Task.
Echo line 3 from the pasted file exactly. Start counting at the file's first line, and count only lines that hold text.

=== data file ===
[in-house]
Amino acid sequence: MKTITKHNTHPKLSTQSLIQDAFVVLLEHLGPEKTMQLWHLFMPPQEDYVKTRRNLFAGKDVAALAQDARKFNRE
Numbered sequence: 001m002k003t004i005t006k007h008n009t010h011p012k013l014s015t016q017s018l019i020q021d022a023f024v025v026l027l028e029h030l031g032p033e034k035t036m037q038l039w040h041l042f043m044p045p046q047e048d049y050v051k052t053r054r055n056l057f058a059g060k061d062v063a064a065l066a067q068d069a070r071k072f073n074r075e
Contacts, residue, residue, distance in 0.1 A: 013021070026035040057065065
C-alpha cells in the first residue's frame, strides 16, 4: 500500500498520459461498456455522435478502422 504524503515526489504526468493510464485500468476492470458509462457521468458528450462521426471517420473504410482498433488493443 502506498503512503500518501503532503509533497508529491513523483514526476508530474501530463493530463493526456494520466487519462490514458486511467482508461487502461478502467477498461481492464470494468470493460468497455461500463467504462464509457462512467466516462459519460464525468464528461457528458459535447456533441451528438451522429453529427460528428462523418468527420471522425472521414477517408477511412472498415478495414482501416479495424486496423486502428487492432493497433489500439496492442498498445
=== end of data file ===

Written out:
Numbered sequence: 001m002k003t004i005t006k007h008n009t010h011p012k013l014s015t016q017s018l019i020q021d022a023f024v025v026l027l028e029h030l031g032p033e034k035t036m037q038l039w040h041l042f043m044p045p046q047e048d049y050v051k052t053r054r055n056l057f058a059g060k061d062v063a064a065l066a067q068d069a070r071k072f073n074r075e